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Venture Building Gains Steam In The Tech Startup Community

Written by Ken Gaebler
Published: 1/27/2015

More and more tech startup entrepreneurs are turning to the venture building startup model as an alternative to incubators and accelerators.

Tech startups face an uphill battle. Intense competition, funding challenges and a lack of proven business experience often plague new companies, making it difficult to develop concepts into fully formed and profitable ventures.

Venture Building

To improve their odds, many tech entrepreneurs turn to startup incubators and accelerators. But a new startup model is making inroads in the tech sector--it's called venture building and it's gaining popularity in the U.S. and around the world.

What Is Venture Building?

A recent Forbes report compared venture building to hunting for more money to extend the runway while the plane is already in motion. In this model, entrepreneurs or organizations find a business need, acquire users and customers, develop a management team, hire employees and build the business.

Startup entrepreneurs secure venture capital and expand the management team as the business grows, while they take a smaller role or leave the business altogether. It's not uncommon for venture builders to be involved with many different projects at the same time.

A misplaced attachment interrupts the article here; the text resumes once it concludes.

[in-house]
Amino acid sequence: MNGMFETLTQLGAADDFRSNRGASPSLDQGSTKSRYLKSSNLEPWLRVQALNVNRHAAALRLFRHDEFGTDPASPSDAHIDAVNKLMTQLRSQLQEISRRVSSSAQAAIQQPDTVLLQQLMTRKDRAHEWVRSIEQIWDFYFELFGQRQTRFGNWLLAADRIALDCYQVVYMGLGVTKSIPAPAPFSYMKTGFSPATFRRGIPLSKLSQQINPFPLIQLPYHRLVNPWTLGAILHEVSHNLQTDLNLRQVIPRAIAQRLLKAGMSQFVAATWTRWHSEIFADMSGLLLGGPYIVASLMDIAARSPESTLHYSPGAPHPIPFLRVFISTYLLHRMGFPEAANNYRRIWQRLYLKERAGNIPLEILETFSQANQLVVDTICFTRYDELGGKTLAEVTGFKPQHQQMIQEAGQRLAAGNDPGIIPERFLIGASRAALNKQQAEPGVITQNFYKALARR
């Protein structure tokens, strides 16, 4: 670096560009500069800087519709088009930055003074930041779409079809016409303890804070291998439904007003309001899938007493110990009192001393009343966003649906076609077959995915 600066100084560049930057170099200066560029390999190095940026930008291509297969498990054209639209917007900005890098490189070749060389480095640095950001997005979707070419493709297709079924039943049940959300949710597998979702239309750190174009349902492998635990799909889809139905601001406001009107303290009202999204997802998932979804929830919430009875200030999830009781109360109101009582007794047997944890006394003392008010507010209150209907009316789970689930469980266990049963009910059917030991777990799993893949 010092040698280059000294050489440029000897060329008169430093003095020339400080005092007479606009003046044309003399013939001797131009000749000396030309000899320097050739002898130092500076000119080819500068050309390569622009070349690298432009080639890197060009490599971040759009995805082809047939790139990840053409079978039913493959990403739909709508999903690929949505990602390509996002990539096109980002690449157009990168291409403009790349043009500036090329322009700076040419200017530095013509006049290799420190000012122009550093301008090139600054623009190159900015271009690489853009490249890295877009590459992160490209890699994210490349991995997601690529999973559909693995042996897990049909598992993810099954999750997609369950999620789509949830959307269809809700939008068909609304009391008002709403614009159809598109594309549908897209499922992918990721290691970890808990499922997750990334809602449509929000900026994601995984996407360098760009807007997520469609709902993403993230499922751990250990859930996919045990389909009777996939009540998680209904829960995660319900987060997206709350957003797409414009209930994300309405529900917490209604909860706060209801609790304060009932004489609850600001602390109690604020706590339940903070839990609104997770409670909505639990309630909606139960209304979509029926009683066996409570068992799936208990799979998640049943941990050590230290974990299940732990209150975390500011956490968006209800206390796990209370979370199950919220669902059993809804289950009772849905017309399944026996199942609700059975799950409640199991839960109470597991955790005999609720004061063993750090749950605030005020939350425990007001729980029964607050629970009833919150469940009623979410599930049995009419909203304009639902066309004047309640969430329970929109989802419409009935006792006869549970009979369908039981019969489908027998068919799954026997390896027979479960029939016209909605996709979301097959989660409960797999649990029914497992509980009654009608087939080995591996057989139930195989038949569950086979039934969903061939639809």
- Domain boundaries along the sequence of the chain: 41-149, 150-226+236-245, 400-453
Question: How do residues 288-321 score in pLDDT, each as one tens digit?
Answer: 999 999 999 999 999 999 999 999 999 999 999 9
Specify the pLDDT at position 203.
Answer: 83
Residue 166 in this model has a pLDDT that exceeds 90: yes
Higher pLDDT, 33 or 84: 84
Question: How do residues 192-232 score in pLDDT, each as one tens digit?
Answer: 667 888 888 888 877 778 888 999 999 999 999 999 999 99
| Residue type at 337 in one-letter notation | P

A VentureBeat report pointed out that venture-building organizations don't offer competitive programs or applications for entrepreneurs. Instead, they rely on ideas culled from their networks, and then use internal teams to develop and build them into viable companies.

At the core of the venture building model is the use of shared resources to get promising business concepts off the ground and spun off as separate companies. And it seems to work.

According to VentureBeat, successful examples of VentureBuilding include, "Obvious Corp, which spun off Twitter and Medium; Mark Levin's HVF (Hard Valuable Fun), which produced Affirm.com and Glow.com; Betaworks, whose portfolio includes Instapaper and Blend, and Germany's Rocket Internet (PayMill, Jumia, FoodPanda, etc.).

For would-be tech startups, the process of constructing a business model is always daunting. Although venture building may not be the right approach for all tech entrepreneurs, it's worth exploring--especially if your goal is to build a viable business rather than simply selling a technology concept.

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